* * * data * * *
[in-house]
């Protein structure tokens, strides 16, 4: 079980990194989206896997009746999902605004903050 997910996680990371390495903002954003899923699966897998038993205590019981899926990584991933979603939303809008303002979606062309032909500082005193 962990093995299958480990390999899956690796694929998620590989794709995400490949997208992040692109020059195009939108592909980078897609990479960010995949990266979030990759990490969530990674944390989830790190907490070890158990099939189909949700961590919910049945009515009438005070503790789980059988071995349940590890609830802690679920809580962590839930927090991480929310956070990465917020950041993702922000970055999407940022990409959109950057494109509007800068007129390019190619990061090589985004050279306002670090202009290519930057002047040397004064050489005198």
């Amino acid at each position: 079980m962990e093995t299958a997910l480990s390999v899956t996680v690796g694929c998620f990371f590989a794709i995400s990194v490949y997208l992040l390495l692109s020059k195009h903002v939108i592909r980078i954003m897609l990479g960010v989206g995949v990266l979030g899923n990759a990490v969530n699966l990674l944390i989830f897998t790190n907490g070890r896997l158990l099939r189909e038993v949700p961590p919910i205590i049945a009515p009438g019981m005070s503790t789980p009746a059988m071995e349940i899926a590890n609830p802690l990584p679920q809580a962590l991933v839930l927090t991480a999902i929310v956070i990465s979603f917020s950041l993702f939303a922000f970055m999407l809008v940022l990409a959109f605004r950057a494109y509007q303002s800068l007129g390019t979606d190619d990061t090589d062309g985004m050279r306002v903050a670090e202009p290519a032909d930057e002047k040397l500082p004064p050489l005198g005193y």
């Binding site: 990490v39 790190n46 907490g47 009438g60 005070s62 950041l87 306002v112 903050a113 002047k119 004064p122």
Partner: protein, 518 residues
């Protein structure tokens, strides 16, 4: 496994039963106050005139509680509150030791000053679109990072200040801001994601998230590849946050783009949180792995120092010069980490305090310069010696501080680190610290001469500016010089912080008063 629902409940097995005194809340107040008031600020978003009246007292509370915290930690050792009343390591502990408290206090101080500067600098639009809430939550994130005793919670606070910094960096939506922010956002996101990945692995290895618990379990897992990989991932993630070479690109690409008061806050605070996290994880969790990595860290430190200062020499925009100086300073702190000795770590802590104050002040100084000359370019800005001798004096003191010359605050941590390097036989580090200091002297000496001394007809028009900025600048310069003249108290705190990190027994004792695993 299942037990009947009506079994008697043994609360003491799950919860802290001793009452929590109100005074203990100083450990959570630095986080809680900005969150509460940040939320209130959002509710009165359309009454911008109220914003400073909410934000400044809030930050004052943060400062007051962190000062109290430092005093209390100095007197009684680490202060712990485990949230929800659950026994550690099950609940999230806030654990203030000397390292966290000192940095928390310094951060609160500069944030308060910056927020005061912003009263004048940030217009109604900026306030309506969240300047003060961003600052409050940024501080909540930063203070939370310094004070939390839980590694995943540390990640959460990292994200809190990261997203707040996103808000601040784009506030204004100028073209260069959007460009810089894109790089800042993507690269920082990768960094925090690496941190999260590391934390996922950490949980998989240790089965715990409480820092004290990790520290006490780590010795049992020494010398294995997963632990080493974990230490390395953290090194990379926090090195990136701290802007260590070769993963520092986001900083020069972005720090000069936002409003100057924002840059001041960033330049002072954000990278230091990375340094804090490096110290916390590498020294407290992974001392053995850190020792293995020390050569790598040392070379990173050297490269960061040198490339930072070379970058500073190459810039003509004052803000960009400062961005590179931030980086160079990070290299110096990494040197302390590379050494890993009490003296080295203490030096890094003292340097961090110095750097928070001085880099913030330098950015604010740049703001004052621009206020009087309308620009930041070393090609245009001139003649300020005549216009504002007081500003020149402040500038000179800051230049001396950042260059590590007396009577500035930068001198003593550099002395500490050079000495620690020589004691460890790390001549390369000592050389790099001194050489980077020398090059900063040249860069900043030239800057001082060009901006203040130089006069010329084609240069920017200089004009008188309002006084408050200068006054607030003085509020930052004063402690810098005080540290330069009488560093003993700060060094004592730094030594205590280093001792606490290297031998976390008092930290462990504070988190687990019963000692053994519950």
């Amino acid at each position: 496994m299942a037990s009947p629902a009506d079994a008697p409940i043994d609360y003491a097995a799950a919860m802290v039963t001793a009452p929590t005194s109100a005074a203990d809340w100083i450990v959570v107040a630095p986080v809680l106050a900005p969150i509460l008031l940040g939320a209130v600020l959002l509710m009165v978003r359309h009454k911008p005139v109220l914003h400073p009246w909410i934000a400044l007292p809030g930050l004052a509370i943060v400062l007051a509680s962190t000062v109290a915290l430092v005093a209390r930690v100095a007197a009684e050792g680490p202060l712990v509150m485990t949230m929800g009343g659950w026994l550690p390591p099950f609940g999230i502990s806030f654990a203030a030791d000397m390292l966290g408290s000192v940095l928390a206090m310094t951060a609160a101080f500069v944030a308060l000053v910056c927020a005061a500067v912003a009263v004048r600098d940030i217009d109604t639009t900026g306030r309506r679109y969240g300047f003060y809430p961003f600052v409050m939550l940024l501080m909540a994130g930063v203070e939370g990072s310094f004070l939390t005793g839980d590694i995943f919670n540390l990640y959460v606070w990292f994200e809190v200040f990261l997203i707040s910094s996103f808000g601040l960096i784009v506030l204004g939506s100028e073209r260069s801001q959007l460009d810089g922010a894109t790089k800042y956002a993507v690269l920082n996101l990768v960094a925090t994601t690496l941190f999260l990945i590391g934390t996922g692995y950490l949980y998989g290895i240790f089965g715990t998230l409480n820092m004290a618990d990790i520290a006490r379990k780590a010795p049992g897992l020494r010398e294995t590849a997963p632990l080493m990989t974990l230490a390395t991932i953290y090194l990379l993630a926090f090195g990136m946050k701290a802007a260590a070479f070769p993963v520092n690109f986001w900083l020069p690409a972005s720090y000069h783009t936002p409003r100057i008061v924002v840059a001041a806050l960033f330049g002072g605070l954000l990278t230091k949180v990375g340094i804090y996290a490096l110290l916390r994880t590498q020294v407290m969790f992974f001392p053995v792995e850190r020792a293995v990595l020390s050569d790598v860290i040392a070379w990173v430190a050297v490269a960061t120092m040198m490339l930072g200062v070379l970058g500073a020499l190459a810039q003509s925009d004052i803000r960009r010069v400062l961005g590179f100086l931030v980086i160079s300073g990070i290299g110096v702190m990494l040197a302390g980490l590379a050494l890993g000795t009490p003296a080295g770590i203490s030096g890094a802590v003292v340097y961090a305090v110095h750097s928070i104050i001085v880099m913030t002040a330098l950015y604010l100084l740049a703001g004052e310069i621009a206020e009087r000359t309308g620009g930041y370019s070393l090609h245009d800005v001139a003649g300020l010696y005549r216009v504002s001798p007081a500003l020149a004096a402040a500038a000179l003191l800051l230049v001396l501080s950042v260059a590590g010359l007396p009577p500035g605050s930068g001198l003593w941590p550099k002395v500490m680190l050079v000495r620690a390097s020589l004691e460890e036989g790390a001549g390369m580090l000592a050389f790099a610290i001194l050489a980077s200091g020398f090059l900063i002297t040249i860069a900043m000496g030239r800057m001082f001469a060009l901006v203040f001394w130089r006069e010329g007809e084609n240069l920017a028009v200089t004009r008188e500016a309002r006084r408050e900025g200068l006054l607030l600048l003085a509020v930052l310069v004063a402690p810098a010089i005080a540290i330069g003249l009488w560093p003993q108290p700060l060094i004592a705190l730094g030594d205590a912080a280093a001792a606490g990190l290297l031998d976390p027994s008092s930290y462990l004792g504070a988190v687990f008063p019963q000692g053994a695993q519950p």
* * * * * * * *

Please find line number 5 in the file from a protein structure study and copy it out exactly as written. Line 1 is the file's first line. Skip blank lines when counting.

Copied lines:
Partner: protein, 518 residues